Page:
Minute Maid Park vs SunTrust Park
The Turners had a planned vacation, but an unscheduled road trip that led us from Maryland to Houston and all parts in between. During our travels on the road we experienced some interesting and fun things, including some good old fashion baseball at Minute Maid Park and SunTrust Park. We had positive experiences at both parks and I definitely wouldn't mind spending another nine innings at both stadiums, but there are some differences that gave one park an edge over the other.
As Nationals fans we got a treat because the Houston Astros hosted the Washington Nationals while we were in Houston, but the real treat was escaping that Houston heat for nine innings. We opted for club level seats in foul territory of left field which provided great perspective of the entire park, but it also provided us with a dead spot in left field which was a bummer. There were decent food options through out the park with refillable drinks, but I was a little disappointed in the food options on the club level. I ordered chicken tacos which were very good, but my sister was extremely disappointed in her club level burger. I tried to sell her on Shake Shack, but she wasn't feeling the lines (I told her it was worth the wait). I am not a big fan of having a Chik-Fil-A stand at ballparks and my boys agree, as they quickly bypassed it for Shake Shack (where my sister should have ate at).
The Big Juice Box is very kid friendly as my oldest son was able to test his fastball in the pitching cage and both boys really enjoyed the Kid's Zone. They even have a train that runs when an Astros player hits a homerun. Being that the Nats won 4-3 and there wasn't any homeruns, I will chalk that up as an urban myth.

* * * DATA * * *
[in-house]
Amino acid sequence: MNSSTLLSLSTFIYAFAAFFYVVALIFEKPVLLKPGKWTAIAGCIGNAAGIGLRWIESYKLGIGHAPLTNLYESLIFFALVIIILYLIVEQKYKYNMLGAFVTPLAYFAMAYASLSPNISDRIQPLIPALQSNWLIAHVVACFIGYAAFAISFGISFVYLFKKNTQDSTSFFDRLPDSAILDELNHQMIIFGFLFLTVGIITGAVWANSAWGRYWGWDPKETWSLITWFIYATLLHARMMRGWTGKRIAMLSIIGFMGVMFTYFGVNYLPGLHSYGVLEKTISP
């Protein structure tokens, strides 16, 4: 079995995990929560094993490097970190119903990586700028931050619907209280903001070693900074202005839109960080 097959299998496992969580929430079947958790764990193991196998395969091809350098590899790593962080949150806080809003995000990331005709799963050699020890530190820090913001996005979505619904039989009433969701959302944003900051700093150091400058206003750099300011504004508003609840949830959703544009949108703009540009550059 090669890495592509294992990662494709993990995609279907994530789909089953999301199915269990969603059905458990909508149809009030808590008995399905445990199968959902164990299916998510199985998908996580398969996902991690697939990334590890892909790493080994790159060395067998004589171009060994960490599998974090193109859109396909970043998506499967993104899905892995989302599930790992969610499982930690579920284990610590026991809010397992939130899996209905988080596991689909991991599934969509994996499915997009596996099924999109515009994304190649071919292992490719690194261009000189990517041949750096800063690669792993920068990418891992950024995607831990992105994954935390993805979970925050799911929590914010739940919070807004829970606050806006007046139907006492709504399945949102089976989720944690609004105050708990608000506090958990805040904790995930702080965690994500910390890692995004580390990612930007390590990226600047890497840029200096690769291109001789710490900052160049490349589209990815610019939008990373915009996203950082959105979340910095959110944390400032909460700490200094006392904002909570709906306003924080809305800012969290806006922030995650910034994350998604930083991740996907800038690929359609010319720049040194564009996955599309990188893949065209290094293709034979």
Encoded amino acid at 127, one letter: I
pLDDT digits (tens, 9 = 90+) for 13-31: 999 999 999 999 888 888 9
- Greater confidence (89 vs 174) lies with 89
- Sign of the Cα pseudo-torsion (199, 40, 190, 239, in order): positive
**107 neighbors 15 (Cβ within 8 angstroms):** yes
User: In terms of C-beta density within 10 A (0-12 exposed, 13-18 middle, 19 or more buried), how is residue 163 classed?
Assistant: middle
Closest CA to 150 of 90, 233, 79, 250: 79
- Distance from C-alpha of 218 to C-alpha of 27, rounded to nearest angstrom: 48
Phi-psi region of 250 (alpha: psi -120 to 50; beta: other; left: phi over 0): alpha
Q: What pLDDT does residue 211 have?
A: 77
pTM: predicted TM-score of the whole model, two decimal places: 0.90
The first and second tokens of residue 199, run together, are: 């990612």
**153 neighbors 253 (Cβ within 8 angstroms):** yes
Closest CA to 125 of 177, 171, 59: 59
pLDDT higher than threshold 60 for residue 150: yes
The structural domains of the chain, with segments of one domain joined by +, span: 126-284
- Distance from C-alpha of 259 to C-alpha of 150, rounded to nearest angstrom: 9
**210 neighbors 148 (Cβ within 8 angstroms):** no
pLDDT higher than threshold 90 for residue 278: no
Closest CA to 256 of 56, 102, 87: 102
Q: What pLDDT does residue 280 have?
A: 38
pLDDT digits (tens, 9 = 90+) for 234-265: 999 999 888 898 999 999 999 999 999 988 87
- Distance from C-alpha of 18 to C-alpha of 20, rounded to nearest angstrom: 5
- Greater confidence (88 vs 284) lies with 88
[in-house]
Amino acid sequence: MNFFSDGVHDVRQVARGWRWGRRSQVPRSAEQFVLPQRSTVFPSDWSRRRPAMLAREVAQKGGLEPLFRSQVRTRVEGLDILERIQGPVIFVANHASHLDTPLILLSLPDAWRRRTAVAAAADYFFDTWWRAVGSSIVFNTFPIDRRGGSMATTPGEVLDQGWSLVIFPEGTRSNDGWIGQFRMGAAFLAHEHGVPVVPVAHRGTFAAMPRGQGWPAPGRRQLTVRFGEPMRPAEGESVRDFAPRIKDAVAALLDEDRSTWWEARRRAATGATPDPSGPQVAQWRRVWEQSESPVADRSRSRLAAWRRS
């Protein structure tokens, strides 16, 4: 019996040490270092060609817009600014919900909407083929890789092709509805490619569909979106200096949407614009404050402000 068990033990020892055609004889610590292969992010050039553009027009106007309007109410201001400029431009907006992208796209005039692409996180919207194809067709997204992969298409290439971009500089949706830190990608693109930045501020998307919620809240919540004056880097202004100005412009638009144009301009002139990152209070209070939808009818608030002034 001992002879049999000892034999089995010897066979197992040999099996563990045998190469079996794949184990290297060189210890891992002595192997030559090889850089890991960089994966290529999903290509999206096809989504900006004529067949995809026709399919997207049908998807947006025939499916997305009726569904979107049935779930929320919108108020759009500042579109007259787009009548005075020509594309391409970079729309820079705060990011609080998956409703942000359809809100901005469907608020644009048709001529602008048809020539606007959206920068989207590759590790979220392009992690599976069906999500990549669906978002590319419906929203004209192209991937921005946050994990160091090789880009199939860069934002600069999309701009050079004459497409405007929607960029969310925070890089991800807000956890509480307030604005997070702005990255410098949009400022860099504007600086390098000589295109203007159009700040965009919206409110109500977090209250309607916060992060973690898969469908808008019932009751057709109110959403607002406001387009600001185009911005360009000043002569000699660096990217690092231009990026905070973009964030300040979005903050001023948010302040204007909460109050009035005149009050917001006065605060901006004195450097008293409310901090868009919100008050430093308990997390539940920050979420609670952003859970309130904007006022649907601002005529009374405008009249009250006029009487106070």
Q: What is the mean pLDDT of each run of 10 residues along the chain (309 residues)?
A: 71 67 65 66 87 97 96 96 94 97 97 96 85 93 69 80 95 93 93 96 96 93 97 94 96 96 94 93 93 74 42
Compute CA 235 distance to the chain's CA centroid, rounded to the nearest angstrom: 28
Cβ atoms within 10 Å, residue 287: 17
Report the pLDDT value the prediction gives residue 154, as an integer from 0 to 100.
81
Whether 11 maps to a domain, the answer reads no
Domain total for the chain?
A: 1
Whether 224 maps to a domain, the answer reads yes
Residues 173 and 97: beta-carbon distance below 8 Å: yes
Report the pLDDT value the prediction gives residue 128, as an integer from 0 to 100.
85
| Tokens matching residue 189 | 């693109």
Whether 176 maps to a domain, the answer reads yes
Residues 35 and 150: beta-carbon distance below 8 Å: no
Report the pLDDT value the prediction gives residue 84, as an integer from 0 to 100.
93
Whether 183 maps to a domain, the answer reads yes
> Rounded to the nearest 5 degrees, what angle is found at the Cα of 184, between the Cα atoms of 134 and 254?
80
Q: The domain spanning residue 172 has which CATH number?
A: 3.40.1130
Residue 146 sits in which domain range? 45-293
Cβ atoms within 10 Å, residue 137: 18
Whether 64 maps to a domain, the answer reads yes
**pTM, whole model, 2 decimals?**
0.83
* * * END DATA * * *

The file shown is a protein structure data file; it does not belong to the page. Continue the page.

We watched the Atlanta Braves at Turner Field, but seeing the game at SunTrust Park was like night and day. Building the stadium outside of Atlanta might keep down attendance, but it is a tremendous upgrade over it's predecessor. SunTrust Park did a great job of recognizing their former players; in particular Hank Aaron as they memorialized him with a fantastic statue. My youngest son referred to the area as an outdoor museum. The park has a great area for the kids, including a batting cage, a zip line and a climbing tower. SunTrust Park has outstanding food options including a Yard House and a Wahlburger just outside the stadium and a Chik-Fil-A restaurant (where my kids ate and I should have joined them) along with an assortment of good eats inside of SunTrust Park. I opted for the pizza which was just okay. The only negatives I have is the price of those damn fidget spinners and there aren't any refills on drinks.
I would give SunTrust a slight edge; however, Minute Maid Park was more cost effective as their team store items were cheaper (e.g. fidget spinners which were only $5 compared to $15 at SunTrust) and the park had refillable beverages. Both parks were kid friendly. Even though SunTrust Park had more things to offer kids, my boys showed more interest in the Kid's Zone at Minute Maid Park. There seemed to be more food options inside of Minute Maid Park, but the options outside the park were extremely limited when compared to SunTrust Park.
The retractable roof gives Minute Maid Park a lot of flexibility as you never have to worry about rain outs and/or delays. That being said I'd rather be outdoors. Both parks did a great job of honoring their former players, but Atlanta took it to another level with their "outdoor museum". And I can't forget the legendary tomahawk chop. Even as Nationals fans, my kids and I found ourselves joining in. But no matter the park, we're still reppin' the Nationals!